Ways To Create Complexity: Break Your API

An API is a sort of a promise–“You can always interact with our program this way, safely and exactly like we said.” When you release a new version of your product that doesn’t support the API from your old version, you’re breaking that promise.

Above and beyond any vague philosophical or moral considerations about this, the technical problem here is that this creates complexity.

Where once users of your API only had to call a simple function, now they have to do a version check against your application and call one of two different functions depending on the result. They might have to pass their parameters a totally different way now, doubling the complexity of their code if they keep both the old way and the new way around. If you changed a lot of functions, they might even have to re-work their whole application just to fit with the way your new API works!

If you break your API several times, their code will just get more and more and more complicated. Their only other choice is to break their compatibility with old versions of your product. That can make life extremely difficult for users and system administrators trying to keep everything in sync. You can imagine how quickly this could spiral out of control if every piece of software on your system suddenly broke its API for interacting with every other piece of software.

For you, maintaining an old API can be painful, and getting rid of it can make life so much simpler. But it’s not complexity for you that we’re talking about particularly here, it’s complexity for other programmers.

The best way to avoid this problem altogether is don’t release bad APIs. Or, even better (from the user’s perspective), create some system where you promise to always maintain the old APIs, but give access to more modern APIs in a different way. For example, you can always access old versions of the salesforce.com API merely by using a different URL to interact with the API. Every time you interact with the SalesForce API, you are in fact specifying exactly what version of the API you expect to be using. This approach is a lot easier in centralized applications (like salesforce.com) than in shipping applications (like Bugzilla), because shipping applications have to care about code size and other things. Maintaining old APIs is also very difficult if you only have a small team of developers, because that maintenance really takes a lot of time and attention.

In any case, releasing an unstable or poor API is going to either complicate your life (because you’ll then have to maintain backwards compatibility forever) or the life of your API users (because they’ll have to modify all of their applications to work with both the “good” and “bad” API versions).

If you choose to break your API and not provide backwards-compatibility, remember that some API users will never update their products to use your new API. Maybe they just don’t have the time or resources to update their code. Maybe they are using a tool that interacts with your product, but the maintainer of the tool no longer provides updates. In any case, if the cost of fixing their code is greater than the value of upgrading to new versions of your product, they could choose to remain with an old version of your product forever.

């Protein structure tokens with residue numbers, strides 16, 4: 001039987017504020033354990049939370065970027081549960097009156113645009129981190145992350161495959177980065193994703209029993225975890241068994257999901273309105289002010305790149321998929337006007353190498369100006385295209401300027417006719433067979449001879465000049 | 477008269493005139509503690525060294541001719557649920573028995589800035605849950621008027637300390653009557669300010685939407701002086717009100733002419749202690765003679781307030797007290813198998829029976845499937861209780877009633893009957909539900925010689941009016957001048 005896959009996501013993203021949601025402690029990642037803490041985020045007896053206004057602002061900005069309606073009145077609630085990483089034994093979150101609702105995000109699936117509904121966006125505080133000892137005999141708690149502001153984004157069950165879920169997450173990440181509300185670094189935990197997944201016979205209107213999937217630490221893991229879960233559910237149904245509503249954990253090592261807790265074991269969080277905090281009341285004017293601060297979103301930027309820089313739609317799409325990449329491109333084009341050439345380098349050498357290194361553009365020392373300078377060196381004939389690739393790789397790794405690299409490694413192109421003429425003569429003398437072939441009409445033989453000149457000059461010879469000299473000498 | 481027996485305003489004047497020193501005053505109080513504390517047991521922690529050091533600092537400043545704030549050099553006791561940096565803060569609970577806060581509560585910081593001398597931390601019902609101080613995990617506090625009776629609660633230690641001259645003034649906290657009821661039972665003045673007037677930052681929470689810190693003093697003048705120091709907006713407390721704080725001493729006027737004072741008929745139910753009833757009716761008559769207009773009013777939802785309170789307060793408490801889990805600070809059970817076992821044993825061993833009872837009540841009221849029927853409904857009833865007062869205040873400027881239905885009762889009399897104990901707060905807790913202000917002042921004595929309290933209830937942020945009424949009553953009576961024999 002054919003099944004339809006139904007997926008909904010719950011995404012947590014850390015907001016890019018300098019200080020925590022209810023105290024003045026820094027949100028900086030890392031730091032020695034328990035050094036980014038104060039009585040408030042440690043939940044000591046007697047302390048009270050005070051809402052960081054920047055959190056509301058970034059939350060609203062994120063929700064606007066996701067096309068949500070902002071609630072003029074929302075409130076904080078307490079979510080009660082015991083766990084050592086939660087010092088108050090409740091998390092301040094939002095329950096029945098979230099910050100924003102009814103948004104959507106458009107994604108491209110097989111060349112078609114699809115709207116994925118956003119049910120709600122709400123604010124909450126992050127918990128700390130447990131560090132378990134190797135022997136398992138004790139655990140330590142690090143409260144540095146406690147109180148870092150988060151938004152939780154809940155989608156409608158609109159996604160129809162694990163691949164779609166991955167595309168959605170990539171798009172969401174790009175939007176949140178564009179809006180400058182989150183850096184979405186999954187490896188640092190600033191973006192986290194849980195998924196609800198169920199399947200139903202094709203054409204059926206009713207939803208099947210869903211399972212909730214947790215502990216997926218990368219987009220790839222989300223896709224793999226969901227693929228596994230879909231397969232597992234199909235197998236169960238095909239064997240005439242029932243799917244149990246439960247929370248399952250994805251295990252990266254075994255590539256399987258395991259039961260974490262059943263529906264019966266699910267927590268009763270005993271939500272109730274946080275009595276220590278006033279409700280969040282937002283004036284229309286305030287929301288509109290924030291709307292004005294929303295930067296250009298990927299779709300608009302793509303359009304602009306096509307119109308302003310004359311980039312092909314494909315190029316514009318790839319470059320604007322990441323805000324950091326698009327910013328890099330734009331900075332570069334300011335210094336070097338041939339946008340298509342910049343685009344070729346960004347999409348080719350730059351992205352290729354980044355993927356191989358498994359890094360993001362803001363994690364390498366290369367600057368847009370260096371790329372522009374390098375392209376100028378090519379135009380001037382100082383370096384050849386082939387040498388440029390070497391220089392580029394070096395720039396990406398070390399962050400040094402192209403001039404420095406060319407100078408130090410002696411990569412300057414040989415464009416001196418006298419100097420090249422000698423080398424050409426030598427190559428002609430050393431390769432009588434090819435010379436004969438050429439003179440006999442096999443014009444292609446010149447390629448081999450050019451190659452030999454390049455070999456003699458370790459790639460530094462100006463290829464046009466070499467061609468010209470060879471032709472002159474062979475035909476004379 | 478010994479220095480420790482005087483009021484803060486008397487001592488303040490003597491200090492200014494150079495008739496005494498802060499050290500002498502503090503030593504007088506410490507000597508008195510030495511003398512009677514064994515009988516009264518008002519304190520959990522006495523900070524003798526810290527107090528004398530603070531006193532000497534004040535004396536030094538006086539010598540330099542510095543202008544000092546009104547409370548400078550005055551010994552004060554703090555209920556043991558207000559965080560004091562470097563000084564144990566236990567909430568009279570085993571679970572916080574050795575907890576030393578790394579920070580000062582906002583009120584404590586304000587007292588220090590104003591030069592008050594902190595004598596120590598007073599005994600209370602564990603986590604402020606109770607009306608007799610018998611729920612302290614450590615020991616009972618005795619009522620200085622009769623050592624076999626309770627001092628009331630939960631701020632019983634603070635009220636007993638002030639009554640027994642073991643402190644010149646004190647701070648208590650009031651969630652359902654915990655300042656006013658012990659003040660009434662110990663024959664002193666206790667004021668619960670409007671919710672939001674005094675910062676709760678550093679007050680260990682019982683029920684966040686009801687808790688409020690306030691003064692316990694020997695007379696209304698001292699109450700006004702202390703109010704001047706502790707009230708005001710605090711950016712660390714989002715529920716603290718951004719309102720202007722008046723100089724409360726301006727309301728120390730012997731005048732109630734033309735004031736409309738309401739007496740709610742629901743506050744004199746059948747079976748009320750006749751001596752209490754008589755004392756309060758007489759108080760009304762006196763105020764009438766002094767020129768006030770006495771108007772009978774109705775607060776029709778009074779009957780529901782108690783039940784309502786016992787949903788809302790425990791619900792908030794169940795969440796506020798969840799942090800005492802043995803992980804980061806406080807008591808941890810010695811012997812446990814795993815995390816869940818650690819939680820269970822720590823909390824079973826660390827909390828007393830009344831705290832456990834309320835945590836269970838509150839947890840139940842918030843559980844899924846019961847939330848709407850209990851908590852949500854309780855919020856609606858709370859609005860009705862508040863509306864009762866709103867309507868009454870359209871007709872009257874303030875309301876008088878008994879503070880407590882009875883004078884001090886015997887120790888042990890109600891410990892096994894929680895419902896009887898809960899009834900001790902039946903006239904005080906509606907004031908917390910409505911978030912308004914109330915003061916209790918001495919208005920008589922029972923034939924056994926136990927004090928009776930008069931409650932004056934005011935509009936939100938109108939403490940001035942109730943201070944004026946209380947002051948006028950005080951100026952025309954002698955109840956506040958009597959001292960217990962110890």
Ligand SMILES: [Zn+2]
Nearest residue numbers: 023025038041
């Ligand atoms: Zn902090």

That can have a lot of unforseen consequences, too. First they keep around an old version of your product. Then they have to keep around old versions of certain system libraries so that your product keeps working. Then they can’t upgrade their OS because the old version of your product doesn’t work on the new OS. Then what do they do if some unpatched security flaw is exploited on their old OS, but they’re still tied to your old product and so can’t upgrade their OS? Or some security flaw in your old product is exploited? All of these situations are things that you have to take responsibility for when you choose to break your API.

And yet, having no API can lead to the same situation. People create crazy “hacks” to interact with your system, and then they can’t upgrade because their hacks don’t work on the new version. This is not as bad as breaking your API, because you never promised anything about the hacks. Nobody has the right to expect their hacks to keep working. But still, if management orders them to integrate with your product, those clever programmers will find any possible way to make it work, even if it sticks them with one version of your product forever.

So definitely make an API if you have the development resources to do it. But put a lot of careful thought into your API design before implementing it. Try actually using it yourself. Survey your users carefully and find out exactly how they want to use your API. Generally, do everything in your power to make the API as stable as possible before it’s ever released. It’s not a matter of spending years and years on it, it’s just a matter of taking some sensible steps to find out how the API should really work before it’s ever released.

And once it’s released, please, please, if you can help it, don’t break the API.



  1. Version check is required to know which APIs are available as new methods are added for each new release. Marking an API as unstable or experimental means that it may change in the future, and external users using it are (or should be) aware of it. We should only maintain compatibility as soon as we declare the API as stable.

    • This is a blog about all APIs, not about Bugzilla’s. 🙂

      Doing a version check and then offering functionality is different than having to do a version check to determine what way to call a function, or what function to call.

      I’m not sure you’ve ever experienced the situation I’m talking about, since all the Perl modules we use are good enough to have a stable API.


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